GROTON — Fran Dillon used to hunker down in front of a TV set at home every other Monday night with a notepad and a pen in his hands.
Watching the live broadcast of the selectmen’s meeting, Dillon would scribble down information on the town’s financial health and other issues facing the community so he could share his thoughts with others.
“When he retired from the Board of Selectmen, his heart stayed with it,” said Janet Dillon, his wife of 53 years.
Dillon would find plenty of eager listeners. Selectmen Chairman Peter Cunningham would even drop in to Dillon’s Kemp Street home unannounced every now and then on his way to biking on nearby trails and seek advice from the former selectman. That’s because Dillon would spend many hours researching subjects in an effort to form unbiased opinions.
“His work ethic was just incredible,” Thomas Hartnett, former selectmen chairman, said of his childhood friend, Dillon.
“He was one of those people you thought would always be there and a part of the community,” Cunningham said. “To think he is gone is really hard.”
After devoting himself to giving back to his hometown for years, George F. “Fran” Dillon, Jr., a Groton native and former selectman of nine years, died Saturday at Nashoba Valley Medical Center in Ayer following a 2 1/2 year battle with medullary thyroid cancer. He was 77.
In addition to his wife, Dillon leaves behind their two sons, Chris and Brian Dillon of Billerica and Milford respectively, daughter Kerry Flanagan of Groton, nine grandchildren and a great-granddaughter.
Dillon, whom many trusted as a statesman, was born on Oct. 6, 1936, in Groton and grew up in the Kemp Street house where he lived until his death last weekend. After graduating from Lowell Technological Institute, Dillon, who was in the Air Force Reserves, was called to active duty. He served a total of 26 years in the Reserves before retiring as a lieutenant colonel.
As an engineer, he built his career in the paper-manufacturing industry, working for Fitchburg Paper and Litton Industries of Fitchburg before moving to Valentine Paper Company in Lockport, La., constantly traveling between there and Groton. He retired from the company in 2001 as its president.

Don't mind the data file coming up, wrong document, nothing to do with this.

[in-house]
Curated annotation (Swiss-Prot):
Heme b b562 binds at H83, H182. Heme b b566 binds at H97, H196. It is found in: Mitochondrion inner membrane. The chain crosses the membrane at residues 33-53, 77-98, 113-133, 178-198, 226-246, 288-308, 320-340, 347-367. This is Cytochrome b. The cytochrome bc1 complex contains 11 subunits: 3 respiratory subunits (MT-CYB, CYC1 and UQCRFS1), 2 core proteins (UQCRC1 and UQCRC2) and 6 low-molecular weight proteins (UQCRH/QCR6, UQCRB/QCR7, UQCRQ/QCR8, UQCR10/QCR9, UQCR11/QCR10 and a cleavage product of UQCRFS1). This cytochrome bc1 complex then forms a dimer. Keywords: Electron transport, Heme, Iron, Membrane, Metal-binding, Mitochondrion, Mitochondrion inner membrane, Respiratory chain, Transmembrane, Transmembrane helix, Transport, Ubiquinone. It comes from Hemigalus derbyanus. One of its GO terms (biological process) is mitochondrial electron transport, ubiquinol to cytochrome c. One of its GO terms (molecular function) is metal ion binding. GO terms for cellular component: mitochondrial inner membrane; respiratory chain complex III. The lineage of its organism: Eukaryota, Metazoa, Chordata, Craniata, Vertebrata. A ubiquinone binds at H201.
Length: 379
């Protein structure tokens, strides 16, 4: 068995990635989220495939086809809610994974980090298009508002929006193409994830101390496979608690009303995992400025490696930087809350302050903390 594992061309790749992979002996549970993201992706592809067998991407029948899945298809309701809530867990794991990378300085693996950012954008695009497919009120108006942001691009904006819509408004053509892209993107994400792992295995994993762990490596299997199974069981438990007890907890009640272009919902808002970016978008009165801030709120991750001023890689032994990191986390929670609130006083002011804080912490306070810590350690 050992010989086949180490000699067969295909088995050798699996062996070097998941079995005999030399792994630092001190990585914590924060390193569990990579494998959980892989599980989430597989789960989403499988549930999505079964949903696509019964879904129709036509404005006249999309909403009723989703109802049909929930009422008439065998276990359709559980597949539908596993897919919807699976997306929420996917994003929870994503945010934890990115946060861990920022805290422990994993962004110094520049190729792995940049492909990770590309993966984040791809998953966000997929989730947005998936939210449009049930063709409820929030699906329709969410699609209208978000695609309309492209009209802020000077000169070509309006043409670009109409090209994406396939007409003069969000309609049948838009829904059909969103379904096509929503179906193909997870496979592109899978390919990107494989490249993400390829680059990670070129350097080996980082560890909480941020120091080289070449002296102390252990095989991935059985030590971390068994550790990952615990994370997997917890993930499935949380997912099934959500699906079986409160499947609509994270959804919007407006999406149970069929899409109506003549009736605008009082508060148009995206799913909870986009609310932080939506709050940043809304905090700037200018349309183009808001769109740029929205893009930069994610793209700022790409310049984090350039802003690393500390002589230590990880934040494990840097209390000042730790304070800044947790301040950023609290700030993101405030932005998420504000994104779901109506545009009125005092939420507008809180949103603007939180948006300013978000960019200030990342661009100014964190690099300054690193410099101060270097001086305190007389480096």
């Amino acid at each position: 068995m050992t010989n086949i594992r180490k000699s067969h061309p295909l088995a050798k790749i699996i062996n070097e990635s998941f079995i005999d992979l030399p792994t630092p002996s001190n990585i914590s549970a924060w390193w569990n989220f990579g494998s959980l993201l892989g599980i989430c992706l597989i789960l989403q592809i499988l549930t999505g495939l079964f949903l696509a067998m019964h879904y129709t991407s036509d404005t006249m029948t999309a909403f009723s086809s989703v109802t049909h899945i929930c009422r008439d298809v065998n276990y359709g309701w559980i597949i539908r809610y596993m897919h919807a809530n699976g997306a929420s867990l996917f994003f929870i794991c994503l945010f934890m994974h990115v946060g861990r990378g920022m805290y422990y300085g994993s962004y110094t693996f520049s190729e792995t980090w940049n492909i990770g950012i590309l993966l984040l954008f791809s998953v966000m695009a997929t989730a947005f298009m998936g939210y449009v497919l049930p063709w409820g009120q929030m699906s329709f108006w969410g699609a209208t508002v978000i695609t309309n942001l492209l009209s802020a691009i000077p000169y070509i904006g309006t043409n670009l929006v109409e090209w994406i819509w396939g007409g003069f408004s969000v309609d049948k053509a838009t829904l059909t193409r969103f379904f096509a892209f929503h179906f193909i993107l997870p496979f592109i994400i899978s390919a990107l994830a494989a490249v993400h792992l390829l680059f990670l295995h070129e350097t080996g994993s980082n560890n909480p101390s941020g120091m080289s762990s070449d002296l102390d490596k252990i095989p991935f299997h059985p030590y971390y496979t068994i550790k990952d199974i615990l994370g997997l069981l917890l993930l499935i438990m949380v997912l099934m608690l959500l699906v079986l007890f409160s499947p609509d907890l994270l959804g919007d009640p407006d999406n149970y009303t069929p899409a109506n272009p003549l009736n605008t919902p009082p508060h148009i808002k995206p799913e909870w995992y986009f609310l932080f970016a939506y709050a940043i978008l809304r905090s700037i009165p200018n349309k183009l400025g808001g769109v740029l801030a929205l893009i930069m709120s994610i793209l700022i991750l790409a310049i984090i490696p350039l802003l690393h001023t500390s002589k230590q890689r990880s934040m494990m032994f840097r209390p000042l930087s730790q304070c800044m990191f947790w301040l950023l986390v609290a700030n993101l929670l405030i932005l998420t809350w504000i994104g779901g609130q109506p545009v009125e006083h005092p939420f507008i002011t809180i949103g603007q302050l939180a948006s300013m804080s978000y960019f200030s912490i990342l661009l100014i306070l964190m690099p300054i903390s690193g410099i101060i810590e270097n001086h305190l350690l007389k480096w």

An exceptionally hard worker, Dillon already earned his friends’ respect in high school, serving as the class president for four years, said Hartnett, Dillon’s former classmate. Dillon was named as “the most likely person to succeed” in the senior yearbook, Hartnett said.
Dillon regarded Groton, particularly West Groton, as a “warm and welcoming community” where neighbors look out for each other, Janet Dillon said.
With a knack for financial matters, Dillon served on the Groton Finance Committee for a short while during the 1970s and liked it and wanted to contribute to the town even more, Hartnett said. Dillon finally got that chance after his retirement as he was elected to the Board of Selectmen in 2003. He would work tirelessly on issues, always picking up agenda packages before anyone else on the board, Hartnett said.
Selectman Anna Eliot remembered Dillon on Tuesday for the way he handled himself. He would check on all the facts surrounding an issue, she said.
“He was someone you could rely on,” Eliot said, calling Dillon as an inspiration for her and as a person who had a unifying effect on the board.
Selectman Stuart Schulman said Dillon could focus on a big picture and details at the same time. And he always had the best interests of the town in mind, Schulman said.
“To me, Fran was a model for what you should be as a selectman,” Schulman said.
Schulman also remembered Dillon for his “extremely dry” sense of humor and his ability to keep an “incredibly straight face” while joking.
Many locals who chatted with Dillon at his daily hangout, Clover Farm General Store in West Groton Square, remember that side of him. He would quiz people about town affairs, making sure “we stayed on our toes,” said store owner Janet Shea, who has known Dillon for 45 years.
Dillon’s daily trip to the store stopped last summer when he began feeling more ill and spent most of the time in the family cottage in York, Maine.
But no matter how bad his day might be, his 13-month-old great granddaughter, Nola Ann, could always bring a smile to his face. Dillon was a good husband and father and adored his grandchildren, Janet Dillon said.
“Fran was one of the most wonderful people I have ever met,” Selectman Joshua Degen said. “He is truly going to be missed by me as well as many people in the town government and people all around the town who really loved Fran.”
Hartnett said Dillon served his country, community and family well.
“He did everything right,” Hartnett said.
“He was a good guy,” Shea said of Dillon. “(I will miss) his quiet sense of humor and total honesty. That was Fran.”
Calling hours will be held today from 3-7 p.m. at the T.J. Anderson & Son Funeral Home, 25 Fitchburg Road (Route 2A) in Ayer. A funeral Mass will be celebrated on Friday at 10:30 a.m., at Our Lady of Grace Parish, worshipping at St. James Church on St. James Avenue in Groton. Burial will be in St. Mary’s Cemetery, Ayer.
Those attending the funeral Mass may park at Groton Senior Center and take a shuttle bus to St. James Church.
In lieu of flowers, memorial contributions may be made to Community Children’s Fund at 173 Main Street, Groton, MA 01450; Groton Community Foundation P.O. Box 515, Groton, MA 01450 (note on memo line, Blood Farm Emergency Assistance Fund) or to the Dana Farber Cancer Institute, 450 Brookline Avenue, Boston, MA 02215.